If you look really closely you will see every person that has ever invested in me as a teacher over the past 25 years. From those at the very beginning like my student teaching mentor teacher, Deb Roy, Grace Leavitt, Barbara Connell, Don Reutershan and Marty Brooks, to those later in my career like Alice Yates, Michelle Fournier, Anne Matava, Ben Slavic, Susie Gross, Blaine Ray, Laurie Clarcq, my TCI colleagues, my wonderful peer coaching group and many, many others who helped me become the not only the educator, but even the person, I am today.
I also want to thank Cari Medd, my principal who started the whole process by nominating me for Maine Teacher of the Year. She is unable to be with us today and I am grateful to our Co-curricular coordinator, Don King for representing her and for enabling our students to share this day with me.
My wife Beth and my son Gabe are here today. They both share my passion for providing and pursuing professional development and support and encourage all my endeavors. I am also blessed to have the students of my Roundtable here today. As an advisory group, we have met a half hour a day, every day for four years. They are graduating in June and will leave me with a huge void, wonderful memories and the hope of a future filled with their visits, reports on their success and least one future colleague! A shout out to Taylor who is unable to be here because of surgery she had on Tuesday.
It all started with my senior English teacher who, in my last year of high school, took a victim of tracking, stuck in the C and D levels, invited me into his Honors English class with all the smart kids, and convinced me to ignore the labels that had been given me. He insisted that I could be or do anything I wanted to. It is because of him that I aspire to do the same for students today.
The closer to the end of my career I get, the more passionate I am about doing everything possible to help end monolingualism in our communities. We have generations of WL language students who have little more to say than “I took 2 years of French, Spanish or any other language but I can't speak it.” The competition for education dollars is becoming greater and greater too are the signs that we are losing ground. From French being cut at USM to stories of WL staffs shrinking from 9 teachers to 3, I am petrified that if we are not able to show greater success in our efforts at language acquisition, the situation will only get worse and WL less relevant.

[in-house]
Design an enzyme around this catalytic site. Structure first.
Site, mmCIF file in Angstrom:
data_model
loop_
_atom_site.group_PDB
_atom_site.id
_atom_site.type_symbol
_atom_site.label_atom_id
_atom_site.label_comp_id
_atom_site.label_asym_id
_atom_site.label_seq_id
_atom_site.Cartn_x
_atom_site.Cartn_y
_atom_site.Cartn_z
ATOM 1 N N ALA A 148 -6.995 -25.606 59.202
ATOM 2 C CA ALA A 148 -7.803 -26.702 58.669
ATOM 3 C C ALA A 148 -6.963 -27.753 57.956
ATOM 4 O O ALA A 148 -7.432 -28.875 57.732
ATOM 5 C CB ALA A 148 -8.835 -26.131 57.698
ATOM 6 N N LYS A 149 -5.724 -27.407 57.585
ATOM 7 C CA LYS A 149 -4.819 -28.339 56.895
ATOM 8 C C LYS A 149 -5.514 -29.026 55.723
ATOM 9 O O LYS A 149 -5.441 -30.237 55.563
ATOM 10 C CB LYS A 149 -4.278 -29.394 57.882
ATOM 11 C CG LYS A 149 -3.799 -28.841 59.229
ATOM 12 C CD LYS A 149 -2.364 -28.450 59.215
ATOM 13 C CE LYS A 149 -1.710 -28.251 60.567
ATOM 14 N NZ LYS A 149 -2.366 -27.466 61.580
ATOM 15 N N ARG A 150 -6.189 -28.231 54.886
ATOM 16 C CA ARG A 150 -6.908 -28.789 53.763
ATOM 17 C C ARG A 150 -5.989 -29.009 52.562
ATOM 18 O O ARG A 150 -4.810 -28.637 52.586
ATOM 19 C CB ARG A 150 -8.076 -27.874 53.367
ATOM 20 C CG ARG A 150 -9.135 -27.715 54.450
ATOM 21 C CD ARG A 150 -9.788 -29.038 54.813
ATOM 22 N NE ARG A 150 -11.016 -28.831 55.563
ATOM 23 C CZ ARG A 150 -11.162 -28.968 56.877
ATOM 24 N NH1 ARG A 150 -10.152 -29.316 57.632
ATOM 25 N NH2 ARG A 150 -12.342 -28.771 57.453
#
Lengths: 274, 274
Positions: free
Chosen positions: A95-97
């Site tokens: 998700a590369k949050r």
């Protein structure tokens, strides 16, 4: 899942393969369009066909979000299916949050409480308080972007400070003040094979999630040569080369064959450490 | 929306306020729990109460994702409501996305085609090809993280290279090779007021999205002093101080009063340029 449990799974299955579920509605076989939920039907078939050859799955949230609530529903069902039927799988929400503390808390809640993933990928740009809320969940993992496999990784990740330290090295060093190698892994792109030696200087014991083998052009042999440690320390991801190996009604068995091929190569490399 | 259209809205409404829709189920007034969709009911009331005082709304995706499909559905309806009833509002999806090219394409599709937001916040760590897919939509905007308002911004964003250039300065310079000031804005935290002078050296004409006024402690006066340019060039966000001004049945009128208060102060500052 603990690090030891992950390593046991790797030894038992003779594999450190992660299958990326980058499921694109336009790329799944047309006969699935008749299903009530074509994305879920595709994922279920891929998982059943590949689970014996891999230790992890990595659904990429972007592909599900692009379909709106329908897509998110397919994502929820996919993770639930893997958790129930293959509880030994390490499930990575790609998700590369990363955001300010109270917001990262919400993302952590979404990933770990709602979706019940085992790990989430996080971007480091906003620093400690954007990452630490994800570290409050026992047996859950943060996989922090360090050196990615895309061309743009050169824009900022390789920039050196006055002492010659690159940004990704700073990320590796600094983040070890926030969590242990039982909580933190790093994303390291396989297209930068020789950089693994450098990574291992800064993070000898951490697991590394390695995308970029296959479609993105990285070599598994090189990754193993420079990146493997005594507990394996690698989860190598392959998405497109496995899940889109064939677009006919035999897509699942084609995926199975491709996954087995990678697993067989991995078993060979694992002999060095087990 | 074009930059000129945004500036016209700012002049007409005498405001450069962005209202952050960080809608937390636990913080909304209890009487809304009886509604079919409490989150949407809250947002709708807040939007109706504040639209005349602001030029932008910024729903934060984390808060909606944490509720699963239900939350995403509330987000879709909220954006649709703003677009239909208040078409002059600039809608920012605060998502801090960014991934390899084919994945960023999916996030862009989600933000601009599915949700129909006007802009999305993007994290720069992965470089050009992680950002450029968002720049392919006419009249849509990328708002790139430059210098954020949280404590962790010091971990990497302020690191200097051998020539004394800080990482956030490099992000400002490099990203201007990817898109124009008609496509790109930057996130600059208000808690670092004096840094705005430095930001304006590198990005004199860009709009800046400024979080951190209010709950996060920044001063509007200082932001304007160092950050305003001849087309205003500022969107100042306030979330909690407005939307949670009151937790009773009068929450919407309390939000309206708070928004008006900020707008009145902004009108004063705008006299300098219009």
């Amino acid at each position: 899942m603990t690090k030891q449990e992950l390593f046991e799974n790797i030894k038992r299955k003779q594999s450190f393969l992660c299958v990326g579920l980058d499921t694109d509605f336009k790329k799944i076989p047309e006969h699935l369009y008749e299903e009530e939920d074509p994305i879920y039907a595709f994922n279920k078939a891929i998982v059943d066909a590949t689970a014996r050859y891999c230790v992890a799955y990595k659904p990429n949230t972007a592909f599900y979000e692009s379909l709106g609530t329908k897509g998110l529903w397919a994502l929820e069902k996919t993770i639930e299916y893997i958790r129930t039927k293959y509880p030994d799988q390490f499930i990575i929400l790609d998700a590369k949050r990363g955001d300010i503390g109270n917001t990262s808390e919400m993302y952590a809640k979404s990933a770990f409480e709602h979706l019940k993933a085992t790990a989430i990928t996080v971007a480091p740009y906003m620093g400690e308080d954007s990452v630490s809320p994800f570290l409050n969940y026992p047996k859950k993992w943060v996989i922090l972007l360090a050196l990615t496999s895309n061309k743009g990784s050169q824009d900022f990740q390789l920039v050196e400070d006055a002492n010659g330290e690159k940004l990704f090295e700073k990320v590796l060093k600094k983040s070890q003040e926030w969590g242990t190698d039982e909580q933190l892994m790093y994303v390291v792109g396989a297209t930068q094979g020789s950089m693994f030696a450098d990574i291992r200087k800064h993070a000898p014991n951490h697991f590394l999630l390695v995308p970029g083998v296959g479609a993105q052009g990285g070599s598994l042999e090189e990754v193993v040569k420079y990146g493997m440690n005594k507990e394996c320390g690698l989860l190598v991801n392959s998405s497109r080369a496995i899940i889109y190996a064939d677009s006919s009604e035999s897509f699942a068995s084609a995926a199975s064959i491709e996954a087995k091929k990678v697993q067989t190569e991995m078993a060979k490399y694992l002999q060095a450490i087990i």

I would like each of you to close your eyes. Now, think about the ideal foreign language student. Perhaps an actual student will come to mind. What characteristics are you seeing? Perhaps this student is highly motivated. Perhaps you see self confidence or a willingness to take risks. Perhaps you see combinations of all of these. Now I would like you to think of the other 9. What do you see?
We must consider methods and strategies that enable the masses and not just the “4%ers (which most in this room are) to find success at language acquisition. Moms have 100% success rate at creating language speakers. Language programs have tended to send the message that languages are hard or inaccessible and something only the really good students can attain. Let us ask ourselves as educators what role we have in realizing the conditions needed to achieve proficiency in high school like starting language education earlier. How might we use our voice to lead such changes?
As we face the proficiency based report card it is more imperative than ever that we see more success in helping students not only gain proficiency in language but confidence and even enjoyment. You see, I was one of the “other nine.” School had convinced me that I was limited at best and dumb at worst. The stigma of being in the D track scars me to this day. As a result of being the other 9, I know that the other 9 in our classes are not interested in learning the mechanics of the language. When language becomes the vehicle through which we talk ABOUT our students or other topics that are compelling to them, students become more interested, walls between the teacher and them are torn down, community is developed and acquisition occurs.
Please consider the ACTFL recommendation that 90% of all instruction consist of CI. We know that languages are acquired through comprehensible input. For that comprehensible input to be effective it must be 100% comprehensible, repetitive, personalized and compelling.
Each year I start classes by having students fill out a card like this one. On the front, depending on the level, students draw something they do, or that they are afraid of, or what they would do if they had a million dollars. On the back I put an information sheet where they share what is important to them and all of their favorites. Carol Gaab encourages teachers to make their students their curriculum. Each card that hangs prominently in my room for the year loudly proclaims that EACH and every student represented is more important than the language.
I am convinced that teaching with comprehensible input and the personalization that it allows, is responsible for failure rates at Poland Regional High School that has gone from 40-50 a year to fewer than 4 or 5. Enrollment in upper levels have gone from 4-5 to 30 to 40.
We must allow ALL students to achieve success in second language acquisition. Our future depends on it. The other 9 deserve it.